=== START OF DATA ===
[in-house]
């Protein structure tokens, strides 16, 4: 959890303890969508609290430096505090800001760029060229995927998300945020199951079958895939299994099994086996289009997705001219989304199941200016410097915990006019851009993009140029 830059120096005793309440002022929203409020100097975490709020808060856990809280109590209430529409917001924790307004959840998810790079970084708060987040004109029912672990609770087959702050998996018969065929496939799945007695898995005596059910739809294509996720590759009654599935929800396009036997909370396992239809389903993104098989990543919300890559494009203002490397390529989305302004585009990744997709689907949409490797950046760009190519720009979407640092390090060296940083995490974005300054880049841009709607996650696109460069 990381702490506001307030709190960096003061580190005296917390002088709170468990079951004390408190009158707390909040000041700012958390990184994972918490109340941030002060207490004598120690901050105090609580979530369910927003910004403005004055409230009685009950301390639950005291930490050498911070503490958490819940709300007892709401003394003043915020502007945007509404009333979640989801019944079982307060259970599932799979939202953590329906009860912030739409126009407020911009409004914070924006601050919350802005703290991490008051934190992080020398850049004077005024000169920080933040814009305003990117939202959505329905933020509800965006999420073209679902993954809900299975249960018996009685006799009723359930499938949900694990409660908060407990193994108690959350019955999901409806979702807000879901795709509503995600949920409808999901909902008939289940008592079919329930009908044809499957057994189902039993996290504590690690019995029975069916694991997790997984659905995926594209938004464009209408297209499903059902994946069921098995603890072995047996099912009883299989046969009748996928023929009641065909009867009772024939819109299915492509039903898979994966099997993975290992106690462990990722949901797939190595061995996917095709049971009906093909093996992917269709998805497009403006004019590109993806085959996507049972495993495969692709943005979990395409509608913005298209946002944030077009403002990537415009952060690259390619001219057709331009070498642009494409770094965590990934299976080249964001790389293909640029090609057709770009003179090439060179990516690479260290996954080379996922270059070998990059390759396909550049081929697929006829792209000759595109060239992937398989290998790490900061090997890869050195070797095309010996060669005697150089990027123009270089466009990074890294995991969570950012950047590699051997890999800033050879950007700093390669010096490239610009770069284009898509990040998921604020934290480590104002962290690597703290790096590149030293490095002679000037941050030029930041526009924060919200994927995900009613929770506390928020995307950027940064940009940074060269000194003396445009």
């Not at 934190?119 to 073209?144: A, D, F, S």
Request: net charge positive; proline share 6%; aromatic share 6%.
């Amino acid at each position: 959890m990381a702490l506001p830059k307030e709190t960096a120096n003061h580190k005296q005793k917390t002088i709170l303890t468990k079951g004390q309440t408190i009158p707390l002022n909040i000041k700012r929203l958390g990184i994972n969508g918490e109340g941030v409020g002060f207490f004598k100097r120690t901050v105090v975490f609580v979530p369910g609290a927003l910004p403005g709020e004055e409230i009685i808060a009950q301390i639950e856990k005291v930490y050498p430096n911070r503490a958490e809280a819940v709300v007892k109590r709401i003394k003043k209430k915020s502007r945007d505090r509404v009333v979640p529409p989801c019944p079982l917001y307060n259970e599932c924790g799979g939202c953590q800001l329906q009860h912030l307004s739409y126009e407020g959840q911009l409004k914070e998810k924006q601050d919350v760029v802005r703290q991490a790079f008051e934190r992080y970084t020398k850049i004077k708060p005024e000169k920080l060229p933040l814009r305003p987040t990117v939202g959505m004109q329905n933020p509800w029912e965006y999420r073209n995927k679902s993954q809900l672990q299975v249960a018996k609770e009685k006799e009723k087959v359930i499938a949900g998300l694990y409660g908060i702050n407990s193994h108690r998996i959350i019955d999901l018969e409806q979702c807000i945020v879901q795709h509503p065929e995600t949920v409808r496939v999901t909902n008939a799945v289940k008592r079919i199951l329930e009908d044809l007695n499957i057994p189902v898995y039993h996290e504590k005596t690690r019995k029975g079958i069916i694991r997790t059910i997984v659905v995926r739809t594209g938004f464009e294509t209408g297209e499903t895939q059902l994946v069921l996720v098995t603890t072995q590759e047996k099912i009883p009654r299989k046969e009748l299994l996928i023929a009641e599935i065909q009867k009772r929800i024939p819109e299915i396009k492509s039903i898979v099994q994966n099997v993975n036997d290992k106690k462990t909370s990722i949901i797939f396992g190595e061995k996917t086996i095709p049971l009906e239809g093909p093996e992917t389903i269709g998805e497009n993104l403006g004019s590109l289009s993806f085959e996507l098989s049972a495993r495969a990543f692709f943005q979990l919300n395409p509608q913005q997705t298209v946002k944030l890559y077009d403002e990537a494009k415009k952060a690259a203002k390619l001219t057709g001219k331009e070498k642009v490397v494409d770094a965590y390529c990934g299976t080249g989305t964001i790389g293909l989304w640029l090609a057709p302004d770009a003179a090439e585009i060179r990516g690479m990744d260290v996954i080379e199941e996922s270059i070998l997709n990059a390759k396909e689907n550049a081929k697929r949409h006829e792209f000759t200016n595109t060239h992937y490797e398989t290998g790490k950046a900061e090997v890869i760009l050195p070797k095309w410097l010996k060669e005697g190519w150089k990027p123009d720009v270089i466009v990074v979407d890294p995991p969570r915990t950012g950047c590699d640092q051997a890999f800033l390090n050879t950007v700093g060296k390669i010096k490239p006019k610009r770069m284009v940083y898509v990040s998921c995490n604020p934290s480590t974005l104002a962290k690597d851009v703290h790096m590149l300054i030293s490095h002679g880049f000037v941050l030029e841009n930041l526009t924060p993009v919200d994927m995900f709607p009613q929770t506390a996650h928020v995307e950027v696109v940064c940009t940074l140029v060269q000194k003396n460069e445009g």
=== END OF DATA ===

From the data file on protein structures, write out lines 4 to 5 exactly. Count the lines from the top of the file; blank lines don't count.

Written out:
Request: net charge positive; proline share 6%; aromatic share 6%.
């Amino acid at each position: 959890m990381a702490l506001p830059k307030e709190t960096a120096n003061h580190k005296q005793k917390t002088i709170l303890t468990k079951g004390q309440t408190i009158p707390l002022n909040i000041k700012r929203l958390g990184i994972n969508g918490e109340g941030v409020g002060f207490f004598k100097r120690t901050v105090v975490f609580v979530p369910g609290a927003l910004p403005g709020e004055e409230i009685i808060a009950q301390i639950e856990k005291v930490y050498p430096n911070r503490a958490e809280a819940v709300v007892k109590r709401i003394k003043k209430k915020s502007r945007d505090r509404v009333v979640p529409p989801c019944p079982l917001y307060n259970e599932c924790g799979g939202c953590q800001l329906q009860h912030l307004s739409y126009e407020g959840q911009l409004k914070e998810k924006q601050d919350v760029v802005r703290q991490a790079f008051e934190r992080y970084t020398k850049i004077k708060p005024e000169k920080l060229p933040l814009r305003p987040t990117v939202g959505m004109q329905n933020p509800w029912e965006y999420r073209n995927k679902s993954q809900l672990q299975v249960a018996k609770e009685k006799e009723k087959v359930i499938a949900g998300l694990y409660g908060i702050n407990s193994h108690r998996i959350i019955d999901l018969e409806q979702c807000i945020v879901q795709h509503p065929e995600t949920v409808r496939v999901t909902n008939a799945v289940k008592r079919i199951l329930e009908d044809l007695n499957i057994p189902v898995y039993h996290e504590k005596t690690r019995k029975g079958i069916i694991r997790t059910i997984v659905v995926r739809t594209g938004f464009e294509t209408g297209e499903t895939q059902l994946v069921l996720v098995t603890t072995q590759e047996k099912i009883p009654r299989k046969e009748l299994l996928i023929a009641e599935i065909q009867k009772r929800i024939p819109e299915i396009k492509s039903i898979v099994q994966n099997v993975n036997d290992k106690k462990t909370s990722i949901i797939f396992g190595e061995k996917t086996i095709p049971l009906e239809g093909p093996e992917t389903i269709g998805e497009n993104l403006g004019s590109l289009s993806f085959e996507l098989s049972a495993r495969a990543f692709f943005q979990l919300n395409p509608q913005q997705t298209v946002k944030l890559y077009d403002e990537a494009k415009k952060a690259a203002k390619l001219t057709g001219k331009e070498k642009v490397v494409d770094a965590y390529c990934g299976t080249g989305t964001i790389g293909l989304w640029l090609a057709p302004d770009a003179a090439e585009i060179r990516g690479m990744d260290v996954i080379e199941e996922s270059i070998l997709n990059a390759k396909e689907n550049a081929k697929r949409h006829e792209f000759t200016n595109t060239h992937y490797e398989t290998g790490k950046a900061e090997v890869i760009l050195p070797k095309w410097l010996k060669e005697g190519w150089k990027p123009d720009v270089i466009v990074v979407d890294p995991p969570r915990t950012g950047c590699d640092q051997a890999f800033l390090n050879t950007v700093g060296k390669i010096k490239p006019k610009r770069m284009v940083y898509v990040s998921c995490n604020p934290s480590t974005l104002a962290k690597d851009v703290h790096m590149l300054i030293s490095h002679g880049f000037v941050l030029e841009n930041l526009t924060p993009v919200d994927m995900f709607p009613q929770t506390a996650h928020v995307e950027v696109v940064c940009t940074l140029v060269q000194k003396n460069e445009g």